Do I see less risk in Apple because that's what I want to see? Of course I don't think so, but one never recognizes one's own bias in real time, so reader, be cognizant of my self-interest where this is concerned.
Threat to the Markets?
Former Special Counsel Robert Mueller testifies before both the House Judiciary and Intelligence committees on Wednesday morning. Is this appearance a threat to financial markets? Only if something new shows up that is convincing enough for one side or the other to admit defeat. Any of you see something like that in the offing? Me neither. That said, Mueller will answer questions. That does make the event less predictable.
Politicians, the public, and yes, financial markets have all had plenty of time to interpret and digest Attorney General William Barr's summary and Mueller's brief statement that his report of 400-plus pages was his testimony, and that he would not comment beyond it. This makes it unlikely that new information becomes available unless Mueller gets tripped up somehow. With that in mind, understand that both of the major political parties are in campaign mode, so there also will be an elevated level of aggression, and perhaps provocation.
If all stands as is, then no, this event is not probably a threat to the marketplace. That said, you know how you see markets move quickly and you don't know why? Well, you'll know that those darned keyword-reading algorithms have latched onto something. Remember, financially, we are neither Republicans nor Democrats (I really am neither). We are mercenaries, loyal only to what's best for our nation and for our families.
That's a Big Burrito
Chipotle Mexican Grill Inc. (CMG) reported second-quarter results Tuesday evening. These guys kicked tail.
Earnings per share? Beat by a lot. Revenues? Beat, up 12.6% year over year. Comparable sales? Up 10%. Digital sales? Up 99%, now 18.2% of all sales. Sack dance.
Outlook? High single-digit comp sales growth for the year, up from mid to high single-digit expectations. And did I mention the newly authorized, $100 million share repurchase program? Gee whiz.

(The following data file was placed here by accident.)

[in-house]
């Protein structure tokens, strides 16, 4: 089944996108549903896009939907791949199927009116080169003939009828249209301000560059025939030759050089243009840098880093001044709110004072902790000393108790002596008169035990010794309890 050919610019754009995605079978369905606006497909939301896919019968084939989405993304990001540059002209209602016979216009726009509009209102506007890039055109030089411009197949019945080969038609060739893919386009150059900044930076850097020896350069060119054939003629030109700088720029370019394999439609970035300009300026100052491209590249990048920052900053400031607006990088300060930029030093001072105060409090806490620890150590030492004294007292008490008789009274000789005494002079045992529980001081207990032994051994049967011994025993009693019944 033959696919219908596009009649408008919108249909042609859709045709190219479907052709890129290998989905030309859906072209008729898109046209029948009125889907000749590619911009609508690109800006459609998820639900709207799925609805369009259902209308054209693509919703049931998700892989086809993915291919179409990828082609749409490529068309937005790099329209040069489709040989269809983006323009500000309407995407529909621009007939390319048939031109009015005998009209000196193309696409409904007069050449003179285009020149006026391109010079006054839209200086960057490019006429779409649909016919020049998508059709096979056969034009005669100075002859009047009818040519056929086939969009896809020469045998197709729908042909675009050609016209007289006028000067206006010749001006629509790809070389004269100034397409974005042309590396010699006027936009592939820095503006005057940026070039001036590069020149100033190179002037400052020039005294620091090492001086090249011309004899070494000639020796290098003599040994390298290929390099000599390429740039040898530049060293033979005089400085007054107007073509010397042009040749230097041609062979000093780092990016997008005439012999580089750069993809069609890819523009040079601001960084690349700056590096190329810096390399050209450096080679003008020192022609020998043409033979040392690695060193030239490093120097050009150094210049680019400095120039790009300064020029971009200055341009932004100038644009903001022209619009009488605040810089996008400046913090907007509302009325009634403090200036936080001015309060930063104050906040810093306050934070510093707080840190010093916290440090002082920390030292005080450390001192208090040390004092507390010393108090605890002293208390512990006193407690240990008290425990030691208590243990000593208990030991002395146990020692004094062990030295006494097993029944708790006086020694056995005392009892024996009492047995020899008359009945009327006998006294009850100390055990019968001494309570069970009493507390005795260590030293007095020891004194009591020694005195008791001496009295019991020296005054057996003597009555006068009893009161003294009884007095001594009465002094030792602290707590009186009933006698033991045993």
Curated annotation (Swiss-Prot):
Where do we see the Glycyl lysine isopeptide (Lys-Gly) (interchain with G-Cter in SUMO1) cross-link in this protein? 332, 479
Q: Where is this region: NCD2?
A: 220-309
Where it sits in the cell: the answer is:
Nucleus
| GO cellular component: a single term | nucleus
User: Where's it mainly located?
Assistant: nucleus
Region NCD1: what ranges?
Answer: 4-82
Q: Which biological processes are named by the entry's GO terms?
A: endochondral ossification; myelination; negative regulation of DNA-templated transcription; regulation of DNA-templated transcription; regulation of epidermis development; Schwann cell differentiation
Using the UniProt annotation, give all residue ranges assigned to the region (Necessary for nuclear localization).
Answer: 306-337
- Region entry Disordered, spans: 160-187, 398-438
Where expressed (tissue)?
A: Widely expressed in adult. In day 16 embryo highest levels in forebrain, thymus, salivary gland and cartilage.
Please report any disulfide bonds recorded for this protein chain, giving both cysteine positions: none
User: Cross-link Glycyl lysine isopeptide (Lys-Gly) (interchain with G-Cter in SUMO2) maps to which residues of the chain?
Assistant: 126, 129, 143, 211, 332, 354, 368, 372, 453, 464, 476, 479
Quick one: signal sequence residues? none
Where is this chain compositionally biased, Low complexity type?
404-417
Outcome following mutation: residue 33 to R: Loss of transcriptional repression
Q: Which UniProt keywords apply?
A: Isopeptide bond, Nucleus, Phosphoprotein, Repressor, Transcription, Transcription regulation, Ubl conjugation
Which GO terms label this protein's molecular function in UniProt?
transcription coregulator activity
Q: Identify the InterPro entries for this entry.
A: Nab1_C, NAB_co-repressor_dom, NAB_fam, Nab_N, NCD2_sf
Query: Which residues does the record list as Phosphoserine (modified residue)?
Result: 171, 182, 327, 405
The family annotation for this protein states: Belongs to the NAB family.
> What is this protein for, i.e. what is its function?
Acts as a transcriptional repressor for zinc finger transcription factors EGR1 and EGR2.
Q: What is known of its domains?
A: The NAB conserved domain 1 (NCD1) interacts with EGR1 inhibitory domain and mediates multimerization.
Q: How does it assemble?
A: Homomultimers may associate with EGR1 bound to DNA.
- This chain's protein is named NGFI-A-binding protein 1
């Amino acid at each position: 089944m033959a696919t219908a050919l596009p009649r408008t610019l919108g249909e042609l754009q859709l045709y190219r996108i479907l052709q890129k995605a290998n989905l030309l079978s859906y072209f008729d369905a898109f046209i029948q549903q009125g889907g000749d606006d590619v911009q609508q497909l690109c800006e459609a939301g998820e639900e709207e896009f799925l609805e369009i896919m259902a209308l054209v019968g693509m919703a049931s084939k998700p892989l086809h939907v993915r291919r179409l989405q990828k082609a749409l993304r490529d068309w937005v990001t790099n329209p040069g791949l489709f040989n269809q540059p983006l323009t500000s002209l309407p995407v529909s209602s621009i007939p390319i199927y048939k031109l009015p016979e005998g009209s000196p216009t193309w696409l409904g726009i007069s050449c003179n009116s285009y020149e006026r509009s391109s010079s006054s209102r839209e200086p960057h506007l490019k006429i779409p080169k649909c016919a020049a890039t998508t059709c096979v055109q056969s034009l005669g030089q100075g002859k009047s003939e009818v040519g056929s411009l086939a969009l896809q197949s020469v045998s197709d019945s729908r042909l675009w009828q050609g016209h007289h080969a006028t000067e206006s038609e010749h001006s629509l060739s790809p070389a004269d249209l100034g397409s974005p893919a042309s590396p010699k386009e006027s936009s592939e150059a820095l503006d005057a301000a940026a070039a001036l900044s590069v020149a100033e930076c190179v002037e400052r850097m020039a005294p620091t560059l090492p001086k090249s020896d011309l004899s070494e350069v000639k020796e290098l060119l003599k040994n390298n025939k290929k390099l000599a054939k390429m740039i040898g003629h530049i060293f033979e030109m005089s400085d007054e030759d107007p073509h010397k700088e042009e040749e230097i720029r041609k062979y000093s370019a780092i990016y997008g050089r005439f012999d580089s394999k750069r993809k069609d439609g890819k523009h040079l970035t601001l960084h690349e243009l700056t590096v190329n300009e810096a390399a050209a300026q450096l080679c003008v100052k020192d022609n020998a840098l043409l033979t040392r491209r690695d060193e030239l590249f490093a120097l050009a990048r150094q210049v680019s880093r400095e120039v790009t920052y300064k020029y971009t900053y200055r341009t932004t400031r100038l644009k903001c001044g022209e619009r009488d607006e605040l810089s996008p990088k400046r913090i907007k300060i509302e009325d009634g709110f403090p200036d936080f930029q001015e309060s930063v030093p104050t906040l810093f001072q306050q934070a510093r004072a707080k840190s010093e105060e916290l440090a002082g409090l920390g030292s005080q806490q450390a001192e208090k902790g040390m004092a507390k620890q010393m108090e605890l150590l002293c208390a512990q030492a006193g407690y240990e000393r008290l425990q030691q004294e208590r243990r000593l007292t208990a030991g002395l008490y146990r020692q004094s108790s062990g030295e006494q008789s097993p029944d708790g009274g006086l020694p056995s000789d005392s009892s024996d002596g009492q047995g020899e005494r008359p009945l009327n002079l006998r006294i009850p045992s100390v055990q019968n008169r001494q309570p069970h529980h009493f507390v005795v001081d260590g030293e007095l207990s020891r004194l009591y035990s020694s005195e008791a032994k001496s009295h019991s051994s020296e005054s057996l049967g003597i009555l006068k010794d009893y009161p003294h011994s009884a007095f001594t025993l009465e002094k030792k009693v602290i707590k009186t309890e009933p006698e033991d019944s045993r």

Oh, something did print lower -- labor costs. This is called hitting on all cylinders, gang. The shares are trading overnight at roughly a 3% premium to where they closed on Tuesday afternoon.
That's some "golden cross" experienced back in early April 2018, no? (This is a weekly chart, so that is a cross-over of the 10-week simple moving average above the 40-week SMA.) A trader who bet on that indication at that time, and never took a profit (I would have taken a profit in May 2018 and smiled.) would be up about 147% at the last sale I saw in overnight trading of $761-ish.
By the way, $761 puts CMG above the highs of four years ago, but below last Friday's high. My gut tells me to short a few of these shares here on Wednesday. I'll probably let the intra-day chart tell me whether to get involved. The food is delicious.
NOW Hear This
I love cloud-based, workflow auto-mater, data consolidator, business administrator ServiceNow Inc. (NOW) . I mean, this stock has been an absolute beast since breaking out of an autumn 2018 period of consolidation. Take a look.
So, on a day where there is so much news flow and so many other, bigger names reporting earnings that will draw attention away from this firm that happens to be one of my best performers this year, I will be watching this one this evening with baited breath. I expect to see earnings growth and revenue growth of more than 30% year over year for this name. That's the problem. Through NOW's own outstanding performance, the bar is set so high, and the way the shares have behaved reflects that. Needham upped its price target for NOW on Tuesday from $276 to $320. Welcome to the club, Needham. We've had a $345 target for NOW for months now.
I fully expect some traders to take profits this evening regardless of outcome. That's only natural. Up or down, the Street is sitting on outsize performance here. I see myself adding at anything below $278. That's the 50-day SMA. Tonight, for me, it's all about subscription revenue and net new customers with annual contract value of $1 million plus. The number we're going off of there is 717, FYI.
Economics (All Times Eastern)
09:45 - Markit Manufacturing PMI Flash (July): Last 50.6.
09:45 - Markit Services PMI Flash (July): Last 51.5.
10:00 - New Home Sales (June): Expecting 657K, Last 626K SAAR.
10:30 - Oil Inventories (Weekly): Last -3.116M.
10:30 - Gasoline Stocks (Weekly): Last +3.565M.
The Fed (All Times Eastern)
Today's Earnings Highlights (Consensus EPS Expectations)